Filmmaker: Many of the pilot’s actors have worked extensively in the field of stand-up comedy. However, even from the first episode, you can tell that this series will also deal with heavy emotional subjects, including issues of mental health, familial tensions, scheming for baby formula, etc. How did you go about striking that melancholy-comedic balance while incorporating Palookaville’s fantastical and surreal elements?
Collatos: My first feature was about a stand-up comedian. Personally, I think comedy is the greatest theatrical art form. It’s fast, biting and elicits the most honest human reaction—a laugh. You can’t fake a laugh. Some people can fake cry, but you can’t fake laugh.
So this is Howard Lester’s debut as an actor, but he’s a seasoned stand-up comedian. And Franqi French was one of Variety’s Top 10 Comics to Watch, won NBC’s Stand-Up Competition and is a regular at The Comedy Cellar (check her out). Of course there’s also Edy Modica, who’s brilliant! I was totally spoiled with talent on this shoot.
Most comedians, in my experience, are warm and open people who can think abstractly with words and ideas fluidly. You know the one thing not many dramatic actors have in their toolbox? A comedy mask and a tragedy mask. Comics are wonderful people to convey drama, because beneath the pain is a smile. And beneath the smile, there’s often pain. Both shine through in any situation. They’re also wonderful at play and can shape-shift in tone and style with little explanation. They just dive headfirst into the film fun and are willing to do anything, even if some may feel it’s unflattering. Straight up courage.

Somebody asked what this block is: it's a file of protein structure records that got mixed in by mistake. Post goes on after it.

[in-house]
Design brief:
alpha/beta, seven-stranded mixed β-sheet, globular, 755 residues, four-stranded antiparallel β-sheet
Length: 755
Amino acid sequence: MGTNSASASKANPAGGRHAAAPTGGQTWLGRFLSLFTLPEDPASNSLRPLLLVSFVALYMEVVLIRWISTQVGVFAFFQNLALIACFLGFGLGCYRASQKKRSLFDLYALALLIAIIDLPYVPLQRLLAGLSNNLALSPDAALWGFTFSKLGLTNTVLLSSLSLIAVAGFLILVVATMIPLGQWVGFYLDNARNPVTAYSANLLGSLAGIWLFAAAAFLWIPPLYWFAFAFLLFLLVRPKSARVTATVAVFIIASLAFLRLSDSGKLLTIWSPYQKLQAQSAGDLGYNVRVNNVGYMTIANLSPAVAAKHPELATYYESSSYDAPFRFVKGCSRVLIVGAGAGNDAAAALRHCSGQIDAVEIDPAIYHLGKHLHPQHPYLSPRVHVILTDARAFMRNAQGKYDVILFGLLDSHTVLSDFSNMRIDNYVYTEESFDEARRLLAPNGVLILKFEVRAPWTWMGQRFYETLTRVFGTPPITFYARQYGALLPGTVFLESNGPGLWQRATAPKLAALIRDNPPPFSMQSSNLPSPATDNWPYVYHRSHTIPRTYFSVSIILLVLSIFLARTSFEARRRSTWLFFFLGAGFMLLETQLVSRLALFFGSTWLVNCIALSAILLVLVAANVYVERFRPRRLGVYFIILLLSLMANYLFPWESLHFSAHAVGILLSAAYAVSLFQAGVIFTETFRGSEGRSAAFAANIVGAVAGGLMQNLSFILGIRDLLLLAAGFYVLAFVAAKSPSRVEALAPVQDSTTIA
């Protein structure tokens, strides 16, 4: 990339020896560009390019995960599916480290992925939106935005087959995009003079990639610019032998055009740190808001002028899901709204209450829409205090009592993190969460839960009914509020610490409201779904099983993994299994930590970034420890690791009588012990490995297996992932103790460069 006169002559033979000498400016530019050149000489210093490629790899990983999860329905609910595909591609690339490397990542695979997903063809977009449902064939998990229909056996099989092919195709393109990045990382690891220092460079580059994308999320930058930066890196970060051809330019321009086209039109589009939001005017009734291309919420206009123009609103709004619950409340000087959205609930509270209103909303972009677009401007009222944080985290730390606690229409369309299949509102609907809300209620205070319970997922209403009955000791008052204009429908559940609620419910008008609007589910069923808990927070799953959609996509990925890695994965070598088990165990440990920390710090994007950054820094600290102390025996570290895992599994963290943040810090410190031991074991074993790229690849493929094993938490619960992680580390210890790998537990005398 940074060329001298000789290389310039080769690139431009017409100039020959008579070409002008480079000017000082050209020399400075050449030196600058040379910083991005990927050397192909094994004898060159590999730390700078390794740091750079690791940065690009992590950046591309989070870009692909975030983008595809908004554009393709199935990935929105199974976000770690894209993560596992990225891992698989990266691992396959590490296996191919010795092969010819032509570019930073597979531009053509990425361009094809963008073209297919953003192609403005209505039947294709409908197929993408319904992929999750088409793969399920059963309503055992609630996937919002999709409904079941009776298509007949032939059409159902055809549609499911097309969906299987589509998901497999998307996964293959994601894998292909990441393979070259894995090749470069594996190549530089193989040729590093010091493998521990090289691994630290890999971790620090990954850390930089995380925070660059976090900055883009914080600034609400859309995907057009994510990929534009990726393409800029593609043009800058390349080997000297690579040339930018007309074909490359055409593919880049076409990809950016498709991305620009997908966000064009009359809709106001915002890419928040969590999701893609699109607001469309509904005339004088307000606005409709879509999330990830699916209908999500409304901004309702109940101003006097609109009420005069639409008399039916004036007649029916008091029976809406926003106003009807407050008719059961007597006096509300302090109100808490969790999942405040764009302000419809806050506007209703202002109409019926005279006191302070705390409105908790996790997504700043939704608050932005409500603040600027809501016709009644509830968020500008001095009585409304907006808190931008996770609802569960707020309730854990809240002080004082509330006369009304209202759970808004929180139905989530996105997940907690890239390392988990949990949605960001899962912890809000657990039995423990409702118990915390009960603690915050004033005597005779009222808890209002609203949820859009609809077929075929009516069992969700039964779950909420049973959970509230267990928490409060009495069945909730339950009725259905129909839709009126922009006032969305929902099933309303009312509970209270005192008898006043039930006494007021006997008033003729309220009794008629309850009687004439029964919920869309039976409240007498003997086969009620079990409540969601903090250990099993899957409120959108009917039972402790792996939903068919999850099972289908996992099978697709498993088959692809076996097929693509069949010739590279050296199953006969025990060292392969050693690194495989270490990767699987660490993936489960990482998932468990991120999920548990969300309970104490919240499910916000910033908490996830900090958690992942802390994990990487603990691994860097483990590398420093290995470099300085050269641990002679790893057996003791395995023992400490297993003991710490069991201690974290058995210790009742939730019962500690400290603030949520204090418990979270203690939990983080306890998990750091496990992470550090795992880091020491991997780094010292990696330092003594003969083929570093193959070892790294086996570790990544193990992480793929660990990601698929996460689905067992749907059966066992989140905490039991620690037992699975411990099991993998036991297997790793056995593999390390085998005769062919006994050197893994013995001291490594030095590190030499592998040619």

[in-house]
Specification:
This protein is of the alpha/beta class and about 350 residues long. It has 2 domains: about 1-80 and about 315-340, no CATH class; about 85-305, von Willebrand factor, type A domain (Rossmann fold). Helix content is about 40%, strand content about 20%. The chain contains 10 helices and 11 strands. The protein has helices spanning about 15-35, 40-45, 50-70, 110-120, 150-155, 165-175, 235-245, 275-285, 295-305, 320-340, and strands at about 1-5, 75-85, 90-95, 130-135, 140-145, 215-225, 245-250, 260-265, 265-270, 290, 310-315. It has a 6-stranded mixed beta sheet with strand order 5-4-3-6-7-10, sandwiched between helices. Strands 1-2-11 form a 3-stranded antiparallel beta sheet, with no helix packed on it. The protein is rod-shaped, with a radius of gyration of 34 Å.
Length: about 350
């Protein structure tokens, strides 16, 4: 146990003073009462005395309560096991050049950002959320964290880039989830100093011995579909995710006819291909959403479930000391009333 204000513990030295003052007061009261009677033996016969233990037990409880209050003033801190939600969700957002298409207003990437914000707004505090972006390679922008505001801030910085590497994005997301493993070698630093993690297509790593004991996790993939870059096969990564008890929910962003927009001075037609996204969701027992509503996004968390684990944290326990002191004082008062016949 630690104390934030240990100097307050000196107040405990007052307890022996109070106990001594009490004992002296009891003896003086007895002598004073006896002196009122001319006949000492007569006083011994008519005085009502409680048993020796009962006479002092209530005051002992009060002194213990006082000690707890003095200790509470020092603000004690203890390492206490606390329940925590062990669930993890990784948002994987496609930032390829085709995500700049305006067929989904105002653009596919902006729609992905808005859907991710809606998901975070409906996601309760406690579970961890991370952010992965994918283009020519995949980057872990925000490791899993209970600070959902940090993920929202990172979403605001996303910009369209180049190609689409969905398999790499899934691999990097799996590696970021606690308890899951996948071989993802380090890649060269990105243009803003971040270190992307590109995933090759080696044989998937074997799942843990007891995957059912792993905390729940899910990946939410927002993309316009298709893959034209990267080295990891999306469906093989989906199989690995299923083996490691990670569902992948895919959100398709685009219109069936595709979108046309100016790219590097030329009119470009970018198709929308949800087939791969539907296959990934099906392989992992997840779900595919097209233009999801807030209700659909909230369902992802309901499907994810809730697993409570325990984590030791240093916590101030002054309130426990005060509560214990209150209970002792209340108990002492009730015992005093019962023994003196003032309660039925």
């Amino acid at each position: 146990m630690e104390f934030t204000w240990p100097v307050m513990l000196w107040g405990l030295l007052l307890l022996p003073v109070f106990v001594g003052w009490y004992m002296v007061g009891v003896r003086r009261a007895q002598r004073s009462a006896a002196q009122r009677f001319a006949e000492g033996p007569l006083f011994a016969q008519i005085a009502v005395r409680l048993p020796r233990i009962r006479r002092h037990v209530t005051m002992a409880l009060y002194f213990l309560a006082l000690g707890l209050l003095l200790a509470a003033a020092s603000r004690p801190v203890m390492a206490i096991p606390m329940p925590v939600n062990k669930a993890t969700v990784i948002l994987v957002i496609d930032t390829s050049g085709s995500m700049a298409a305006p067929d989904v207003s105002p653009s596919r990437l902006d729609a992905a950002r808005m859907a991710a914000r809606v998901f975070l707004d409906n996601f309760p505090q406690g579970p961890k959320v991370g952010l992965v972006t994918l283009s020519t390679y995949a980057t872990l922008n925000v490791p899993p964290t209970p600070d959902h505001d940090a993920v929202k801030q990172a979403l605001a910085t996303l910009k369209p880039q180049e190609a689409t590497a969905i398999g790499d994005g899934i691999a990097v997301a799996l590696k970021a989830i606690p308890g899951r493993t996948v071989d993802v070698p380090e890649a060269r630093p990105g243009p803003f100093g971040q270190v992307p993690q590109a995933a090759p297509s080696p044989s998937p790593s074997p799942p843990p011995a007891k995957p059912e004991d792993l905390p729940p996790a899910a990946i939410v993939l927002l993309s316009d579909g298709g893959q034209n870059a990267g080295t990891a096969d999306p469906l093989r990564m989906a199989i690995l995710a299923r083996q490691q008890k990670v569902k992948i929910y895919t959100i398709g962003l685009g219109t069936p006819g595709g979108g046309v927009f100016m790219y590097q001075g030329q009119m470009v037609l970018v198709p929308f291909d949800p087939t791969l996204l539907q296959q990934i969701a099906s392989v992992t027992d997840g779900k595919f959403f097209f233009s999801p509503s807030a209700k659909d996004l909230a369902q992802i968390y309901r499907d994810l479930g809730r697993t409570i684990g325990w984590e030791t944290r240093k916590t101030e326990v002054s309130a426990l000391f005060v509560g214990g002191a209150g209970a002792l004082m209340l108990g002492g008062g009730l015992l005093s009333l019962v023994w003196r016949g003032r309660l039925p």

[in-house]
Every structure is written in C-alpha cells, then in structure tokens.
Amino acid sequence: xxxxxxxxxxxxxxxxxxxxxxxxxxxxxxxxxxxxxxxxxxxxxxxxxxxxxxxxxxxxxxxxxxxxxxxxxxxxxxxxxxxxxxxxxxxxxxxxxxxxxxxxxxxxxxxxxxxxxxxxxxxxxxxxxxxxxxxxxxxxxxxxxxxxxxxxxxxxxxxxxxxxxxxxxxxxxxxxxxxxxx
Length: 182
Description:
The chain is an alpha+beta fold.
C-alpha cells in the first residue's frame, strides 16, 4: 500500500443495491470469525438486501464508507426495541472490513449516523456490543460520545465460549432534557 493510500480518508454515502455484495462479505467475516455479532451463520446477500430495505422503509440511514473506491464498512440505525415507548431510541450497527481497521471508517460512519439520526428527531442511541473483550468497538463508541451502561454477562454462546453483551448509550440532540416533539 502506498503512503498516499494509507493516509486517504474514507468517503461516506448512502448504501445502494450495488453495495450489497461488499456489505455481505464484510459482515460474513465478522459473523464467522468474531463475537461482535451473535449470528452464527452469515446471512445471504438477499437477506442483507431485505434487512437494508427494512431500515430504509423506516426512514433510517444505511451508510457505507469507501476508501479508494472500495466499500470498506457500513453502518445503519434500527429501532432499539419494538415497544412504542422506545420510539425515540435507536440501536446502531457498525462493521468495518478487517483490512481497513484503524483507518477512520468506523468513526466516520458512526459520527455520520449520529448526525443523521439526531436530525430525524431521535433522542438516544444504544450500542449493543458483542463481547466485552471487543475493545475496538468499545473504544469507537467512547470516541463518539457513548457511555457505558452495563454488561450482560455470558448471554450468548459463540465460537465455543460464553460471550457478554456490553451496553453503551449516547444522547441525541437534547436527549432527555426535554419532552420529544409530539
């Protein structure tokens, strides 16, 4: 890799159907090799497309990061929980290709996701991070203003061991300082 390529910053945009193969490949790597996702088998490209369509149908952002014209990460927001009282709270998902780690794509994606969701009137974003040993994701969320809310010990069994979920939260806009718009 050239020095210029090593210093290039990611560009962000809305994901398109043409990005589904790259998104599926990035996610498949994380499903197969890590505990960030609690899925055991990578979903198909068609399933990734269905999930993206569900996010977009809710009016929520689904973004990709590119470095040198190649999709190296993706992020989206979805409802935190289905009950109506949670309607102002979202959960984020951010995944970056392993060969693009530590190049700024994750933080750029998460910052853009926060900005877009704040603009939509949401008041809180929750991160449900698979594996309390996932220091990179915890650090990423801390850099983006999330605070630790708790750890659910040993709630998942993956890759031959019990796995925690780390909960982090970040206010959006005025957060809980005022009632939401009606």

Filmmaker: How did you land on Palookaville as the name for your series?
Collatos: A Palooka represents an everyman or, in boxing, a journeyman, with the darker aspects of the term being punch drunk (CTE)—an issue the NFL and fight leagues are continually avoiding responsibility for—or an insensitive term for harmed prize-fighters. Symbolically, someone who’s fought the good fight and is damaged because of it.
Etymologically speaking, Palooka or Palookaville’s origins are mysterious. The term was brought to the popular consciousness in the 1930s comic strip Joe Palooka which depicted a heroic boxing champion who saved damsels in destress and fought the Nazis. Joe Palooka in the strip was an idealized representation that popular culture morphed into a label defining someone, who thought they are as talented as Joe, but were actually fooling themselves. Like, “ Look at this guy, he thinks he’s Joe Palooka!” It was also a term of endearment, like “Get over here and give me a hug, you big lovable Palooka!”
In the 1934 film Palooka, it’s a naive working-class fighter who’s used by the mob and made to take a fall. I think this film set up the lineage that exists today about a guy who must make the moral decision to throw a fight or not. My favorite Bogart film The Harder They Fall reiterated this theme of an idealist who doesn’t have the talent to win and is used by the corruption of the system. On the Waterfront, Rocky, Pulp Fiction, or my favorite Fat City all have Palooka’s as main characters who have a moral choice to make. In the case of Rocky, he’s a heroic working-class character who famously doesn’t care if he wins or loses, he “just wants to go the distance.”
To me, Palooka-ville is a cartoonish, mythical state of mind. Of the bruised, the disillusioned, the all-of-us who are fighting through life… someplace that exists in our souls, somewhere we’re always struggling against or escaping from, where your fate is sealed, your dreams are dashed, a place I have been before and I’m sure you’ve been too.